I admit, I am a weather geek. As a boy, I was fascinated by the weather. By age 11, I was recording the daily weather in a small diary. Back then, predicting the weather seemed to be more about luck than science, based on personal observations and the Farmer’s Almanac.
But even if tools for weather prediction were not yet perfect, there were still many tools in place to enable monitoring and measuring. [In fact, I can’t write a post about weather without mentioning that Italians invented some of the most important weather monitoring tools: an early thermometer (Galileo Galilei in 1592) and the barometer (Evangelista Torricelli, 1643).]
The data monitoring and measuring would eventually allow scientists to create the models that now enable the weather forecasting tools in use today. And while predicting the weather is obviously still not perfect, we are much closer than seemed possible 40 years ago.
I can’t help but see the similarities between this and the business world. Companies have been collecting internal data for years now, and most are quite good at explaining what happened to them. Today, with the advance of tools and technologies able to capture what was once uncollectable, companies are getting better at using it for decision making and forecasting. Here, I am obviously talking about unstructured information. And while companies have rich information sets available to them, I believe that there is still a lot of information left on the table, unused.
Today information can be collected because there are repositories available, (i.e. CRM systems, social media, market research verabatim, etc.), and, thanks to semantic technologies it can be understood and structured in a format that may be used to support innovative predictive models.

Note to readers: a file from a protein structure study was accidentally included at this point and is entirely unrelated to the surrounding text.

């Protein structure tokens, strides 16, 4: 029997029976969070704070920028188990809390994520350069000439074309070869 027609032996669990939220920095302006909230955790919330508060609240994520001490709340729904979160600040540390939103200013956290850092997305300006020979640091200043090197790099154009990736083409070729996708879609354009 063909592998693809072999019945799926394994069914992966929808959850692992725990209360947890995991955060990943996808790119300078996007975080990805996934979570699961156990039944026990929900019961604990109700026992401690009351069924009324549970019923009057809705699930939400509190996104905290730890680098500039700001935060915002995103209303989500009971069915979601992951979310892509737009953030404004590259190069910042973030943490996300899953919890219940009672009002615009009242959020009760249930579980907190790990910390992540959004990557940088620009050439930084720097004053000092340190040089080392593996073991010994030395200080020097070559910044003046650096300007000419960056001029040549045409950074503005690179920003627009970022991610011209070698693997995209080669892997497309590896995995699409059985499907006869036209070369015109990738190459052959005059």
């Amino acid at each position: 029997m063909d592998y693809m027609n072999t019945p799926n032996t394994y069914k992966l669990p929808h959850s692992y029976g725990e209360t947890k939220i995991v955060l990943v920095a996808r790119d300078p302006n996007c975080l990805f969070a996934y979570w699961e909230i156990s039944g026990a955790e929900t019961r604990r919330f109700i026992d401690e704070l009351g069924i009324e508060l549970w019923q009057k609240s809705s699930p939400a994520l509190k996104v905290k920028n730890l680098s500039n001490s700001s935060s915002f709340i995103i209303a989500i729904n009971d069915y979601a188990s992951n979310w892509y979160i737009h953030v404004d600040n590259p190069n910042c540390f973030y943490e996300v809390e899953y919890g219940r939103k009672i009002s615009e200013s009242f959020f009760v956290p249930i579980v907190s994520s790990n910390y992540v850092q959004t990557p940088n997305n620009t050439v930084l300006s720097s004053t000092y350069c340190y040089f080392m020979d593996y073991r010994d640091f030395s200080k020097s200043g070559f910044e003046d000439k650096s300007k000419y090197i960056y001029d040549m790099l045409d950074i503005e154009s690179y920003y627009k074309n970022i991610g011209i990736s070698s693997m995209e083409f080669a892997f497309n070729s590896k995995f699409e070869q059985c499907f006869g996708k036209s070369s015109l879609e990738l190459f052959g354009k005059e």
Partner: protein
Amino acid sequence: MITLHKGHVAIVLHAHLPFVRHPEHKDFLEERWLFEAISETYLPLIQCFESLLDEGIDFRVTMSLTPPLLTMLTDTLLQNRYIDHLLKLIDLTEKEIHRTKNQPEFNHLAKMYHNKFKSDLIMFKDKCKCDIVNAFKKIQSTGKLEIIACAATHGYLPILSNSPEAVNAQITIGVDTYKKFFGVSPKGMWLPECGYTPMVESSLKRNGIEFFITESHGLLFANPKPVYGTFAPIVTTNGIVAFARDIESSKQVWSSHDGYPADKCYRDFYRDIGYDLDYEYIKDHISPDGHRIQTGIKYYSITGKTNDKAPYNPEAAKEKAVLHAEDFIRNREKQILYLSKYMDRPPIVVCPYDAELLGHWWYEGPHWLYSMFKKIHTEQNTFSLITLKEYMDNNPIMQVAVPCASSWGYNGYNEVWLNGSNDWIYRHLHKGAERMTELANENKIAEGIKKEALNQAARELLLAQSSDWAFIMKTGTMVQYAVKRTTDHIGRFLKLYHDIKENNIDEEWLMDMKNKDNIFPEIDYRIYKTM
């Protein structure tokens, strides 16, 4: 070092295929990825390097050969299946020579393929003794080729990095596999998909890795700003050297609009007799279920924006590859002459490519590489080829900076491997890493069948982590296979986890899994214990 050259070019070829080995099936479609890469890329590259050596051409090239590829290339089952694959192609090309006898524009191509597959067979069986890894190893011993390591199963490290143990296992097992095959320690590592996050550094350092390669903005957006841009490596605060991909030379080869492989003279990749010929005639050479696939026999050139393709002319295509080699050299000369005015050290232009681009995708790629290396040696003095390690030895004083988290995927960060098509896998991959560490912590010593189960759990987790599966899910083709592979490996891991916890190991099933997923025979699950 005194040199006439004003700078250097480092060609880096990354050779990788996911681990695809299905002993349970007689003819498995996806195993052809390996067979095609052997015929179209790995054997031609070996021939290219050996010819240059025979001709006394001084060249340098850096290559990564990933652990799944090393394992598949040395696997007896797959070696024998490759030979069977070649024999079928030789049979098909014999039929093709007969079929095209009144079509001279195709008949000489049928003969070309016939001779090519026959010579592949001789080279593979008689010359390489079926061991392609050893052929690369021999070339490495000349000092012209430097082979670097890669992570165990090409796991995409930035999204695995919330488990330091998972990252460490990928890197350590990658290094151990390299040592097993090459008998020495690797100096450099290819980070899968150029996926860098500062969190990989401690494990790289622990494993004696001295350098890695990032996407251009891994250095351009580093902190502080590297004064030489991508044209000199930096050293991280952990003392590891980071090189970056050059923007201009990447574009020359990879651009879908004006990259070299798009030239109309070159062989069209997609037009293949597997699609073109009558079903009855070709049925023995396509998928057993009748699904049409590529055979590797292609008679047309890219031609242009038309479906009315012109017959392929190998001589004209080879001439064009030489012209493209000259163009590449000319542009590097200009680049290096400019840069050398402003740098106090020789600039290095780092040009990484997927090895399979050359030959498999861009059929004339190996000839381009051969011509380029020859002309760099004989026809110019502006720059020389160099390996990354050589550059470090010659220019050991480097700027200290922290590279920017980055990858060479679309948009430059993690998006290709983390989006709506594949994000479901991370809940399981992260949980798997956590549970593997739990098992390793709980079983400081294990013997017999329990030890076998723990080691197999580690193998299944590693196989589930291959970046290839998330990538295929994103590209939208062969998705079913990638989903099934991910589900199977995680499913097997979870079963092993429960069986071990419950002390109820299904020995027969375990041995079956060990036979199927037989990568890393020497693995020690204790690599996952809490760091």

Using the example of internet content, all of the things embedded in text—topics, tone, style, relationships between concepts, etc.—as attributes/variables that can be associated to each piece of text to describe a phenomenon. A predictive model can take all of this information into consideration in a number of ways that can have a huge bottom line impact. For example understanding if a new product can be successful in order to understand how to avoid churn in your customer base, or even more simply whether it is time to hire a new CEO, are complex matters, but the return on the investment could be huge for whomever will make progress in developing effective systems.
The good thing is, you don’t need a major capital investment to put such systems in place. And, if you are successful, this model can be a significant competitive advantage that can help pave the road to success.
Today, we really do have a level playing field, more than any other time before. And everyone has the opportunity to be the next Apple (or a weather geek, perfecting the art of always knowing what to pack for the next trip).
[...] RT @scagliarini: A new age (and better weather) for predictive modeling #semantics #textanalytics http://t.co/Ni12VdPc… [...]
product models, product model, best product models in bangalore.
[...] Forecasting Is Not Just for Weather [...]